Concert Review: Alanis Morissette at Dodge Theatre on Nov. 11

Categories: Concert Review

By Martin Cizmar

alanis1.jpg
See more shots in our Alanis Morissette slide show.

It’s always amazing to me how long a massively huge album can reverberate, even if it’s not terribly influential or the subject of any significant critical acclaim. Alanis Morissette’s Jagged Little Pill the tenth biggest selling album of all time and either the biggest or second biggest selling album of the 90s, depending on which numbers you use – still has sway with people of a certain age, as was on display at Dodge Theatre last night.

Opener Alexi Murdoch has heard a few too many Nick Drake records. His boring brand of coffeehouse folk, consisting of only an acoustic guitar and his Scottish brogue, seemed to delight plenty of people in the crowd though, as they yelled out to declare their love for him between songs.

Wearing a black shirt, pants, and boots with a silver sequined vest, Alanis still looked like the girl who’d released JLP, 13 years ago, and she was received as such by a crowd that included everyone from college lesbians to middle-aged professional men who sang along unabashedly with or without a female companion at their side.

Taking the stage with “Uninvited,” Morissette showed that can deliver the same potent vocals live that she does on record. Banging her long hair around the stage between verses, she also showed she wasn’t taking things any easier than she had in her younger years. After a much duller song from her new record, Flavors Of Entanglement, Alanis dove in to a version of “All I Really Want” accented by funky guitar and her harmonica. After “Not The Doctor,” one of Pill’s lesser-known tracks, she raised the curtain backing her stage to reveal a large mural of her face, a flower and a flock of birds in a forest of leafless trees.

“Head Over Feet,” played on an acoustic guitar with the same sweet vocals that made the original such a joy, was the highpoint of the evening, with Alanis looking perfectly in her element. My friend Ashley also got a kick out of the “best friends with benefits” line, which she apparently hadn’t translated in her younger years. “I just got that,” she said.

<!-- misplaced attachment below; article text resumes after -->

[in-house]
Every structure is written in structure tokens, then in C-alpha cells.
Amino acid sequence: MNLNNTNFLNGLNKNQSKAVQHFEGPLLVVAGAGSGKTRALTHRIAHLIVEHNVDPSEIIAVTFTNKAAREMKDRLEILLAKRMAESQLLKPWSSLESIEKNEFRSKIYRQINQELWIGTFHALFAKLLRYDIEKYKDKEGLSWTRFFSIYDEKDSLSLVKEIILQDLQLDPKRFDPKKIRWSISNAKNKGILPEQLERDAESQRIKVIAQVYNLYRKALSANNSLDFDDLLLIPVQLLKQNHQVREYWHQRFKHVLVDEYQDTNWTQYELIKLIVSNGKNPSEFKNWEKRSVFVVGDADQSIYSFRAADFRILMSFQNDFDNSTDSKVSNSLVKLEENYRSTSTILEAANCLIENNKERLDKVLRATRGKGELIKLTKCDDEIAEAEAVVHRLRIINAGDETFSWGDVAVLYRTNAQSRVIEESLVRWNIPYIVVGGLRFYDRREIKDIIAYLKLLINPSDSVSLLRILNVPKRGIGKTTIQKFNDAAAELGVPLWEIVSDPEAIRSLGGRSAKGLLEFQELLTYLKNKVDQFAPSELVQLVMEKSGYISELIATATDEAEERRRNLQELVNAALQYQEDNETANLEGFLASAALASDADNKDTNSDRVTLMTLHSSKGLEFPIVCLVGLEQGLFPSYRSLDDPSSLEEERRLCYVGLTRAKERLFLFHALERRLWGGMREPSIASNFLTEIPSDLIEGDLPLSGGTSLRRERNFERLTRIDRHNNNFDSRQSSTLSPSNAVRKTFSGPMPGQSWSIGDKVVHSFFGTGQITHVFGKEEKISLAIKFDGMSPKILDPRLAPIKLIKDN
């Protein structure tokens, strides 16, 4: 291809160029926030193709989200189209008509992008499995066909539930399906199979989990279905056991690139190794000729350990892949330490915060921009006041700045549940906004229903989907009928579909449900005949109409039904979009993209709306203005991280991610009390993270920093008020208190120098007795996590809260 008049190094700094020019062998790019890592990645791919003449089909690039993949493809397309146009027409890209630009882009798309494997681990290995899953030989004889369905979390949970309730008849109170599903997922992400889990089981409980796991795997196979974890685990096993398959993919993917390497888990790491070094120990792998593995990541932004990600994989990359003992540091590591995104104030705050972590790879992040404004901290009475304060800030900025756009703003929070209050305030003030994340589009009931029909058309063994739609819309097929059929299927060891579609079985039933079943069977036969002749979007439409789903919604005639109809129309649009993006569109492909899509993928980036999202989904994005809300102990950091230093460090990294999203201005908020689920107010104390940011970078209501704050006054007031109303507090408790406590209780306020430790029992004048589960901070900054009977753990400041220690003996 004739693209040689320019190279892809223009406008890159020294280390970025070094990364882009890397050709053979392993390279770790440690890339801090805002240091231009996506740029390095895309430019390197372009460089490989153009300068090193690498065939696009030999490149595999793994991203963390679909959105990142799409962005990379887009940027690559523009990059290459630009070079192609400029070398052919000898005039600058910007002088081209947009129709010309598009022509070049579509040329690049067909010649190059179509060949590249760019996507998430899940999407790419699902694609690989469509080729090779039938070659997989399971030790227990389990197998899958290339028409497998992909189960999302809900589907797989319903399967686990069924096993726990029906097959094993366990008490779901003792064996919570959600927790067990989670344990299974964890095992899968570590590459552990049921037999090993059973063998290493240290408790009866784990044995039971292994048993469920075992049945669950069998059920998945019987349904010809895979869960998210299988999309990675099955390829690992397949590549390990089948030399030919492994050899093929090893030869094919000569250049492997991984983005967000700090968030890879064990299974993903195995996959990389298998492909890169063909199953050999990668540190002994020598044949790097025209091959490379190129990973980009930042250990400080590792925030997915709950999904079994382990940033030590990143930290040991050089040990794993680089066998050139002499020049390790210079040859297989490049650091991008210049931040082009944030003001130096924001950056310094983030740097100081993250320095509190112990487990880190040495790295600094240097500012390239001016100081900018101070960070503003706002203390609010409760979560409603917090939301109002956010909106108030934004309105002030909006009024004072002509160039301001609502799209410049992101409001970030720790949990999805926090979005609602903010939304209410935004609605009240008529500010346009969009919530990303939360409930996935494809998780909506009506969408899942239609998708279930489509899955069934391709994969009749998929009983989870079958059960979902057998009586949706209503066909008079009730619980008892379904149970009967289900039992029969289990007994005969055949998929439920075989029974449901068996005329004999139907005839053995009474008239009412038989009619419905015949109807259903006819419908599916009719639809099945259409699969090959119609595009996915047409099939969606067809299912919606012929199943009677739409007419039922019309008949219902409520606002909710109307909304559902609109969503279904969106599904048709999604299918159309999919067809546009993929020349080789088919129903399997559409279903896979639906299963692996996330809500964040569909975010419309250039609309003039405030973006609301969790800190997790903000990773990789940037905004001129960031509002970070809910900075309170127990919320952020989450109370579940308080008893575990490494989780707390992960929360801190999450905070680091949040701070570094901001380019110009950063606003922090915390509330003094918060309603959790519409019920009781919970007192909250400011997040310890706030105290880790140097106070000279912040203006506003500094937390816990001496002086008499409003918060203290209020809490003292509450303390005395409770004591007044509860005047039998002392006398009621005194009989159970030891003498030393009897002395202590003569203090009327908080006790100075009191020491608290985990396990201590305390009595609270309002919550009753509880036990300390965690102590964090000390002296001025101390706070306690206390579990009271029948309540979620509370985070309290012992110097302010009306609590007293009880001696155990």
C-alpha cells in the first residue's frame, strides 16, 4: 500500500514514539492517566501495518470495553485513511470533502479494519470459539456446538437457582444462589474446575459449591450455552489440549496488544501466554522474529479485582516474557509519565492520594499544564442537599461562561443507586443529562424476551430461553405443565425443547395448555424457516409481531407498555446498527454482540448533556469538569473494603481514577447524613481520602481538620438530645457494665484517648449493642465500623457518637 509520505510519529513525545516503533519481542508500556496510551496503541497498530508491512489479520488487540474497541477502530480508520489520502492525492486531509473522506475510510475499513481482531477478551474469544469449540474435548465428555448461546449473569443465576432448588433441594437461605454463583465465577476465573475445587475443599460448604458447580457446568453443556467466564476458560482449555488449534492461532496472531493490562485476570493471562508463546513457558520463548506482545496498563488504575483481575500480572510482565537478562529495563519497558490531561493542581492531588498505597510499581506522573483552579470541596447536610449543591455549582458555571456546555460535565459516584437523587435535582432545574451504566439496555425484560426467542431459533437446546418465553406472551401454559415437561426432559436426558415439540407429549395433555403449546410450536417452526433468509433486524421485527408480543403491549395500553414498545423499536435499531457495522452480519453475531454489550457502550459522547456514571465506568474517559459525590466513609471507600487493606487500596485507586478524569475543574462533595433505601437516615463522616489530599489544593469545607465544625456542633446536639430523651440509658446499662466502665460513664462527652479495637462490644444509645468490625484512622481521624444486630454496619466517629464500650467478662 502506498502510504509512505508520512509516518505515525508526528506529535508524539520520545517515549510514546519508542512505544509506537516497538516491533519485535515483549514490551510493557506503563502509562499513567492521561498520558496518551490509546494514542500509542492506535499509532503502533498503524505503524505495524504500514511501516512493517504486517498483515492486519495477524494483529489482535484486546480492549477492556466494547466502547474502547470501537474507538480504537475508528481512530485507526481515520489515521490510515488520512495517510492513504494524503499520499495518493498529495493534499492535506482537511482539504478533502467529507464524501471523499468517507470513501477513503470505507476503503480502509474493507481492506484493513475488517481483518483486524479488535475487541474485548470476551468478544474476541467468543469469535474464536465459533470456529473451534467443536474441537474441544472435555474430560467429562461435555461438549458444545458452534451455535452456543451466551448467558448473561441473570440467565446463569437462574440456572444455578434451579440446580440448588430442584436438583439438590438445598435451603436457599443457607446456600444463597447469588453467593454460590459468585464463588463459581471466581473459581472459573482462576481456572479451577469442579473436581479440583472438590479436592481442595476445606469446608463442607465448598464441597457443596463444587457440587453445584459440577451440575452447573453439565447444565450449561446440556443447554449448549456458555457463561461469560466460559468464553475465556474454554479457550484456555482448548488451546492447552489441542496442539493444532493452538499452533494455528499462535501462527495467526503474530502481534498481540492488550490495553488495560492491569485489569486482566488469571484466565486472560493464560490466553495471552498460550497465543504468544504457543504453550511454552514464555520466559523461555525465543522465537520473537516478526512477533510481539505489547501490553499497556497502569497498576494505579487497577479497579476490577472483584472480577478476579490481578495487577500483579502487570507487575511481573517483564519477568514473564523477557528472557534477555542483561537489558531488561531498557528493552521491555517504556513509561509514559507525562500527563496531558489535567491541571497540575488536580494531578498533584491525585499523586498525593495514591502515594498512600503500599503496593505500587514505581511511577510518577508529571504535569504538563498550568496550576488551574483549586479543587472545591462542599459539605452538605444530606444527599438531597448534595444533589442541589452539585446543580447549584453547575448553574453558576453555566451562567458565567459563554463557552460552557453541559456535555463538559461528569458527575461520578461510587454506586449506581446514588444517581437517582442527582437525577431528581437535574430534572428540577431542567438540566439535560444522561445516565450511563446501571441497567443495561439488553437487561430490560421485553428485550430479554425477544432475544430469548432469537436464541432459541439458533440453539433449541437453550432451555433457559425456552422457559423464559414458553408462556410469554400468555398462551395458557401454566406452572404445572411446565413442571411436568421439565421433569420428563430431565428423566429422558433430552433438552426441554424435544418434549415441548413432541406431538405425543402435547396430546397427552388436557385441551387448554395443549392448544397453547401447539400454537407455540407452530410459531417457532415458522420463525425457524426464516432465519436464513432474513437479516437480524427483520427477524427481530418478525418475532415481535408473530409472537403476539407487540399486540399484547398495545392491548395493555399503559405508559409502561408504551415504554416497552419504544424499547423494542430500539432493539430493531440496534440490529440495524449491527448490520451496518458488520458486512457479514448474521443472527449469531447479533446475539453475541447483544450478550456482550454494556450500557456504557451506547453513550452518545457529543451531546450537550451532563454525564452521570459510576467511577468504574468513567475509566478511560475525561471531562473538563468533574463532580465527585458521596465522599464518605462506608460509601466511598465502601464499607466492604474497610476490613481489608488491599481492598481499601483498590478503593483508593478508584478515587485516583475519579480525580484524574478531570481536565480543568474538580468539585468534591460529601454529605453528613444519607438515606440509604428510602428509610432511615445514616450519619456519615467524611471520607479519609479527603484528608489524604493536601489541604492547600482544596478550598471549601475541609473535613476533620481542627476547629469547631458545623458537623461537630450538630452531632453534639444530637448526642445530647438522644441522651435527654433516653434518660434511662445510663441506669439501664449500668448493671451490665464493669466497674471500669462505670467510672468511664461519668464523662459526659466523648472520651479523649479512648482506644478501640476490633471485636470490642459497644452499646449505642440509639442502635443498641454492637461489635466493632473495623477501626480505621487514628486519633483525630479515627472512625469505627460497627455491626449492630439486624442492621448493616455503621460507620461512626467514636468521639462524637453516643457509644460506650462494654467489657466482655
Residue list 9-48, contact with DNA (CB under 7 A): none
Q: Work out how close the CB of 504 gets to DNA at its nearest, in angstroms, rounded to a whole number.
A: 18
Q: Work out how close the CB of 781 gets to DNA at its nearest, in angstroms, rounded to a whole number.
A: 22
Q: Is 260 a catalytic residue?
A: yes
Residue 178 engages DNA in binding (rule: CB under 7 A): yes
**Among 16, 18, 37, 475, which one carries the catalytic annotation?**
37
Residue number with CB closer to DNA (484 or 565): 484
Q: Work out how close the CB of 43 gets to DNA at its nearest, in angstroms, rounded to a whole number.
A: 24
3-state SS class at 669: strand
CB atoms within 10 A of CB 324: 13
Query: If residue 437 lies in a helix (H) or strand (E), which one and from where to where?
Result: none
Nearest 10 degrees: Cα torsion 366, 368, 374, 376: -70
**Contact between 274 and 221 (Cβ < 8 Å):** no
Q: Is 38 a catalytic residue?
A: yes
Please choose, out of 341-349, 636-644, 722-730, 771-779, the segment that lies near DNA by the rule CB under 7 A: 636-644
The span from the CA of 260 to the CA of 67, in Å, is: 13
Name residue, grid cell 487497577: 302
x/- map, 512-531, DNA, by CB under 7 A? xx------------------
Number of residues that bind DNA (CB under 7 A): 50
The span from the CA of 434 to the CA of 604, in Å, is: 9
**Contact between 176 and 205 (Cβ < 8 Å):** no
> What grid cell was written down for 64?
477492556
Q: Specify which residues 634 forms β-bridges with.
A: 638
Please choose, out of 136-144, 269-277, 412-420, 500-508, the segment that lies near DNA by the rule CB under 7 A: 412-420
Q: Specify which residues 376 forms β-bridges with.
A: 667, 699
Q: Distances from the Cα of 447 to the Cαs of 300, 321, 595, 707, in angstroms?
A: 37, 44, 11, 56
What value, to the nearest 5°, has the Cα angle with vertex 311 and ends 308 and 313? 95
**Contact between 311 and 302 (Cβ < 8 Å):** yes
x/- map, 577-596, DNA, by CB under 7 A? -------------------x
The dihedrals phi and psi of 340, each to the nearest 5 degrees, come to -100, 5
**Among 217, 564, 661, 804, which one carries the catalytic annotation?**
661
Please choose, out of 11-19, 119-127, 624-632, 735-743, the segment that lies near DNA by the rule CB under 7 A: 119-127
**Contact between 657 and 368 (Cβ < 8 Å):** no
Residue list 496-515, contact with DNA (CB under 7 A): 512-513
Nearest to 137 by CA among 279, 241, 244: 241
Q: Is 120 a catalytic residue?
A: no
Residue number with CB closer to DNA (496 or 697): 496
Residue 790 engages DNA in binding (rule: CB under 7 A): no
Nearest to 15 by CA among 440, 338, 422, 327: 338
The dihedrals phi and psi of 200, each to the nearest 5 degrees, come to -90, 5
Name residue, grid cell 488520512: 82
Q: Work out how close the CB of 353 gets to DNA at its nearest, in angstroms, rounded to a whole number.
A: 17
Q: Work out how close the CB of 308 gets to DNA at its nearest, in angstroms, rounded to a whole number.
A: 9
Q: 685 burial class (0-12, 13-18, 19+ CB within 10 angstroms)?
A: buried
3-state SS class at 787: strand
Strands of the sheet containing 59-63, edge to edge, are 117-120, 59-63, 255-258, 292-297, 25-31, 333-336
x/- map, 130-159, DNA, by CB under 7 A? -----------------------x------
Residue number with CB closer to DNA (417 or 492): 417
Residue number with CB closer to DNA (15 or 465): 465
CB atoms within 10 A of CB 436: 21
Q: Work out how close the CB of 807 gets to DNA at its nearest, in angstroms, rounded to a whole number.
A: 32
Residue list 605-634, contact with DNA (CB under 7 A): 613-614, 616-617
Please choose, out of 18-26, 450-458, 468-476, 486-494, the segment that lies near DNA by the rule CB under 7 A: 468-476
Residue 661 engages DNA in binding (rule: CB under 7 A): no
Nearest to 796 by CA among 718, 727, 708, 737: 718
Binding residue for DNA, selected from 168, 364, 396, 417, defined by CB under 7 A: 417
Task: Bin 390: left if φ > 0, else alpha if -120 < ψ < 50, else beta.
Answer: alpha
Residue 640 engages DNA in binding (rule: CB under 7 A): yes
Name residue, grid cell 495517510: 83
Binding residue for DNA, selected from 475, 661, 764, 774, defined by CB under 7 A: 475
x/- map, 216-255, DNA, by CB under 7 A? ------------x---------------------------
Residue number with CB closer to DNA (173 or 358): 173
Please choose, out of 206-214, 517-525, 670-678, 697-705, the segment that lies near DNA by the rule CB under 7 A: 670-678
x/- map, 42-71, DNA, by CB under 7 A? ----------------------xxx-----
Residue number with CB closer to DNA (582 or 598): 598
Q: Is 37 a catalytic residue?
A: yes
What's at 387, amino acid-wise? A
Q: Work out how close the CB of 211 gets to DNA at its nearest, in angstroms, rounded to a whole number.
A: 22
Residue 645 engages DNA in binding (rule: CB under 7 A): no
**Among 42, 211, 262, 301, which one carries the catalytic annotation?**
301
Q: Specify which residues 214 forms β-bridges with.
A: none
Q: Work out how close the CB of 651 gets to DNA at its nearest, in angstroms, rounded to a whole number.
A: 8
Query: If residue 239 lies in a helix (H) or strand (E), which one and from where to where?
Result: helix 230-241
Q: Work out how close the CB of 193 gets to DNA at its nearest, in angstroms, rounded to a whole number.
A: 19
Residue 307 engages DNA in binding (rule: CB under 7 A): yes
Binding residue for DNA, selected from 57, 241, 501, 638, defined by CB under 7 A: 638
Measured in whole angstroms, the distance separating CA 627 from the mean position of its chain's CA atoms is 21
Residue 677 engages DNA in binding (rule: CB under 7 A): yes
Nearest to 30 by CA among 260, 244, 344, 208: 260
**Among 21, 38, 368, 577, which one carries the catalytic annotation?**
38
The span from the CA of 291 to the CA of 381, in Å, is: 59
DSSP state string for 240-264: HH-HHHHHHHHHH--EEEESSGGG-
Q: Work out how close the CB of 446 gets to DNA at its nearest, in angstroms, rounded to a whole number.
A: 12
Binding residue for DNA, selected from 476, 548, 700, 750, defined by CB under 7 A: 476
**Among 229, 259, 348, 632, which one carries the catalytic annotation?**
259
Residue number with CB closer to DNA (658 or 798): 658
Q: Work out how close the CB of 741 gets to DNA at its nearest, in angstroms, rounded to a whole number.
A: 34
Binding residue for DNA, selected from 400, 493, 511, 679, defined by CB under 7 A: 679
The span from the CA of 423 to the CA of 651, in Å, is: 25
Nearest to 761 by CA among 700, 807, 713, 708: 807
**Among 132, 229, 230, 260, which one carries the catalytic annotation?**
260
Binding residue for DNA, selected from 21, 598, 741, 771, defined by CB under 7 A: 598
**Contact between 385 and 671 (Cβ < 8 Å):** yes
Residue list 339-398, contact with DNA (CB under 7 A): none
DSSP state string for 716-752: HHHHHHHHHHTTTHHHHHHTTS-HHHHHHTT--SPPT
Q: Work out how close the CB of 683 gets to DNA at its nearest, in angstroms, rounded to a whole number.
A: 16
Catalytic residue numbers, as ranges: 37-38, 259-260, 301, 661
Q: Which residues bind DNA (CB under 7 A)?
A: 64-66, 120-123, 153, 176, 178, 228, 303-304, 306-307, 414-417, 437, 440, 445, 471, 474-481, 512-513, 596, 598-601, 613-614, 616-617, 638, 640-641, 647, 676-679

“Sympathetic Character,” from her JLP follow-up, Supposed Former Infatuation Junkie, was one of the night’s most boring offerings, but it lead in to a sparse, murky version of “You Oughta Know” which started a more aggressive middle of the set. After a roadie militia constructed an more intimate, unplugged-style setting between songs, Alanis finished things out with “Hand in My Pocket,” “So Pure,” “You Learn” and “Ironic.”

The second encore, though, topped those. And, shockingly, it wasn’t anything off JLP or a clever cover of a Fergie song. After a night of Alanis old and new, it turns out “Thank U” might just be the most enduring track in Alanis’ catalogue. How about that.

Critic's Notebook:

Last Night: Alanis Morissette at Dodge Theatre on November 11.

Better Than: Full House reruns.

Personal Bias: I think it’s a shame Glen Ballard, the producer and co-writer on JLP, never gets his due, and that Morissette hasn’t worked with him again recently.

Random Detail: So if Come on Over and Jagged Little Pill are the two biggest selling albums of the 90s, then Canadian women owned the decade. Weird. Depending on which charts you look at, Celine Dion could have the third and fourth biggest sellers, making the top four albums of the decade all by Canadian women? That’s more than coincidence.

Further Listening: The infamous comedy routine which pointed out how un-ironic Alanis’ song was.

By the Way: I can’t believe I never knew this, but Dave Navarro played guitar and Flea played bass on the album version of “You Oughta Know.” That almost sounded like an urban legend to me, so I dug out my well-played copy and it’s totally true.

Photos by Victor J. Palagano



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